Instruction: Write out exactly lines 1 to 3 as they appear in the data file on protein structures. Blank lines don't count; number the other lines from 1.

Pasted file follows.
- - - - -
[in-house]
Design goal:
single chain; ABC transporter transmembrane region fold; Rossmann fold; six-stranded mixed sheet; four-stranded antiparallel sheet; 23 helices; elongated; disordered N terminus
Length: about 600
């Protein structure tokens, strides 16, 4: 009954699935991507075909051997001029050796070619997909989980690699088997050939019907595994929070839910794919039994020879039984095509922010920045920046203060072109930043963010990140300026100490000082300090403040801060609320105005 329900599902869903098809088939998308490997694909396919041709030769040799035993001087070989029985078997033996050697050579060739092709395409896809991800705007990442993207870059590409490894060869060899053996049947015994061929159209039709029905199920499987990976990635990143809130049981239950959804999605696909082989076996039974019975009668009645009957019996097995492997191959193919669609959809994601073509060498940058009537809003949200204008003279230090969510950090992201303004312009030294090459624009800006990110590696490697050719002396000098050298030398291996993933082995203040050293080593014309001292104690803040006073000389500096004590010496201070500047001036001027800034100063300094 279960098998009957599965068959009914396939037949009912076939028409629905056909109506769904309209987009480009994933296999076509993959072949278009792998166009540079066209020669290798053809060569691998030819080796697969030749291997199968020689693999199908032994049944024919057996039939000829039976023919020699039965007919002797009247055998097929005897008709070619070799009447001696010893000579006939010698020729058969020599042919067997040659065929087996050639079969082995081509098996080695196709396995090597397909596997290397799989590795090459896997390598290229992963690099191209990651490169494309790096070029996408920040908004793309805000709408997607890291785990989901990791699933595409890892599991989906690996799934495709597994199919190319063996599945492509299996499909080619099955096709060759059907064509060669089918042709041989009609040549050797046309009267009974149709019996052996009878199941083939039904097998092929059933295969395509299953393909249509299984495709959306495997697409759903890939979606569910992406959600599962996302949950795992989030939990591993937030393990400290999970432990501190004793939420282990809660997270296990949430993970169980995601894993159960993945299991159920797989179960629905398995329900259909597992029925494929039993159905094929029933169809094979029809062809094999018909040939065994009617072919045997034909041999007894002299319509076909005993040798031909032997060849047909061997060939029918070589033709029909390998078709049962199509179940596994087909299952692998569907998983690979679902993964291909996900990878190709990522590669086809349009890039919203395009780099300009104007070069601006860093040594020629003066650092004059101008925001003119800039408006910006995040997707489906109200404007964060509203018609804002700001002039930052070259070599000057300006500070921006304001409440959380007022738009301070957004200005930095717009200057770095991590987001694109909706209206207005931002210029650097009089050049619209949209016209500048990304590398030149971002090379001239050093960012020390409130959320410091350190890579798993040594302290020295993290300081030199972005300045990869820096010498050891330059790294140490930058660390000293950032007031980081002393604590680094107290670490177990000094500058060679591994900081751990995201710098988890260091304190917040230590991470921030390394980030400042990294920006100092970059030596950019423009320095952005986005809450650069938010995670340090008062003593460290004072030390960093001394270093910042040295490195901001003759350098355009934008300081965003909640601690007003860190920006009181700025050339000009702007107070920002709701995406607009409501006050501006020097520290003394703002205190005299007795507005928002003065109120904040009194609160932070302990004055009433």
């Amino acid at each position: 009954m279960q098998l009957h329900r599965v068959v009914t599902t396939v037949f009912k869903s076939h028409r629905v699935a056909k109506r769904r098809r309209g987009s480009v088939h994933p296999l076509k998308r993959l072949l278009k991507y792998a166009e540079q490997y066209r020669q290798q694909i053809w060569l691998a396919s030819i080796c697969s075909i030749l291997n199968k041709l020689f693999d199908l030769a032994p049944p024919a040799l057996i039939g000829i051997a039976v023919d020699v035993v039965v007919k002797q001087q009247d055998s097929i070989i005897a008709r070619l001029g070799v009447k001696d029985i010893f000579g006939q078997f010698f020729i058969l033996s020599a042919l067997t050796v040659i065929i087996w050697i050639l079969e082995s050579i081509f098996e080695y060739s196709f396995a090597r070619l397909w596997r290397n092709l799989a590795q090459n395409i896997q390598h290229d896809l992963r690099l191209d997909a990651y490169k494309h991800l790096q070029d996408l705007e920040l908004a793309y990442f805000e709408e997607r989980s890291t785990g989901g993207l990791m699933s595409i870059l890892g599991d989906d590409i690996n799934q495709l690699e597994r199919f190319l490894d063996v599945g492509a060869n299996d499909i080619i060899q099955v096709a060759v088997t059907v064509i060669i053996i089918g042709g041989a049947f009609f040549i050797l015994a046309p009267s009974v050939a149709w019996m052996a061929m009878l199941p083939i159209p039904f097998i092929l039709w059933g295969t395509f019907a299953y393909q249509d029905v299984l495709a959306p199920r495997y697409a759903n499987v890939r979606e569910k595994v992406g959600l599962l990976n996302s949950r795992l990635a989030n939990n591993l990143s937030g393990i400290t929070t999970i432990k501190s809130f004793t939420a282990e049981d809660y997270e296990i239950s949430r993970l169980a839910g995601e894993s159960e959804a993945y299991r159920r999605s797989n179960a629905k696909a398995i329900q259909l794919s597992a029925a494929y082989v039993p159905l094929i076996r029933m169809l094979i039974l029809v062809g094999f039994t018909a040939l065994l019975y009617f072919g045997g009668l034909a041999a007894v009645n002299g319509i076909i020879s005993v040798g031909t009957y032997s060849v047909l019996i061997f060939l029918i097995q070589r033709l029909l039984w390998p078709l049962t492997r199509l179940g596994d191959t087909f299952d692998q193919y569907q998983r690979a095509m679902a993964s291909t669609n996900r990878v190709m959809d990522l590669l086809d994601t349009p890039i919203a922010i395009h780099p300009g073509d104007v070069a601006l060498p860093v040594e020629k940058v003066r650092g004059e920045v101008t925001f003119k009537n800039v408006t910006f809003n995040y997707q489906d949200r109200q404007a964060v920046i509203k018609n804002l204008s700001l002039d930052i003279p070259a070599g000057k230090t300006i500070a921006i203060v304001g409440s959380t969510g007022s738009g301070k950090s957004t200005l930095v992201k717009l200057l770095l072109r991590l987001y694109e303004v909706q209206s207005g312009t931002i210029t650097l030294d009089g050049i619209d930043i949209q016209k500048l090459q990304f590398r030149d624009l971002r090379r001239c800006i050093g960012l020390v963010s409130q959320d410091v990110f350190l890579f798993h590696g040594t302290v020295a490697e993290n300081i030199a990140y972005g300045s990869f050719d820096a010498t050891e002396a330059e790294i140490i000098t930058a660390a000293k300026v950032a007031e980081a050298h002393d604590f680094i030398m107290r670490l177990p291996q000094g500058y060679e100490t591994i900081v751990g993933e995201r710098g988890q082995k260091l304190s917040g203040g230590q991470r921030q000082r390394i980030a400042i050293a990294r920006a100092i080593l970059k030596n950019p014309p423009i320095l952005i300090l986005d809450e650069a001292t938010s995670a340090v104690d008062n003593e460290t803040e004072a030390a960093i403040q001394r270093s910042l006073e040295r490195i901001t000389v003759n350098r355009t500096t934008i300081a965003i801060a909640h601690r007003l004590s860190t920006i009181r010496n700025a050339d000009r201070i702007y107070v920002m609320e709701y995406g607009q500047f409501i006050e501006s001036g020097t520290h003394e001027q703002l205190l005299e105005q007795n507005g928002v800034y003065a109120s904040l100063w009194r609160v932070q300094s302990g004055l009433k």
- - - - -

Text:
[in-house]
Design goal:
single chain; ABC transporter transmembrane region fold; Rossmann fold; six-stranded mixed sheet; four-stranded antiparallel sheet; 23 helices; elongated; disordered N terminus